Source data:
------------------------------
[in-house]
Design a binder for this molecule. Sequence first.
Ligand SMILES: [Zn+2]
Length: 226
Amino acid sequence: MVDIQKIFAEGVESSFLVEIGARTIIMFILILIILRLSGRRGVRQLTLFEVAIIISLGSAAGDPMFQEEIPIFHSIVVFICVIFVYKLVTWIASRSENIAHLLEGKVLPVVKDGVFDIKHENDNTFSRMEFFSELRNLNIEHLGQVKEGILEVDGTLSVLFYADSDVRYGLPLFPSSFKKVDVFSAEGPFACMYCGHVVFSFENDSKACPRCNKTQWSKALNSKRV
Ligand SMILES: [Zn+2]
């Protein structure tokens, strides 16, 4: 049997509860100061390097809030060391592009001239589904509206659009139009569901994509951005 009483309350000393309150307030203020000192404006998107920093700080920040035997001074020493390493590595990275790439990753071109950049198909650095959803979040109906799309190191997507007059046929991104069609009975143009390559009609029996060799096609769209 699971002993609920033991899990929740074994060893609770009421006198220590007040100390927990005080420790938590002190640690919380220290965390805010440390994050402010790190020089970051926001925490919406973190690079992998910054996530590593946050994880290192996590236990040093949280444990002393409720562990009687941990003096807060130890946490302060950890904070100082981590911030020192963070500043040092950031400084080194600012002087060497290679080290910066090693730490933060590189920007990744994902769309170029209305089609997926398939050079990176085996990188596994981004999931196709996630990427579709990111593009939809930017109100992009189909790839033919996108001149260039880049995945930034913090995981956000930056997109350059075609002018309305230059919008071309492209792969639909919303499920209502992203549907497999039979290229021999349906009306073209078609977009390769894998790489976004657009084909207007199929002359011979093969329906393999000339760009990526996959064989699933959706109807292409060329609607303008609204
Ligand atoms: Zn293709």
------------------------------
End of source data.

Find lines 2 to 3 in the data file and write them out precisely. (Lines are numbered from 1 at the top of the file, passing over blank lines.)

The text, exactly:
Design a binder for this molecule. Sequence first.
Ligand SMILES: [Zn+2]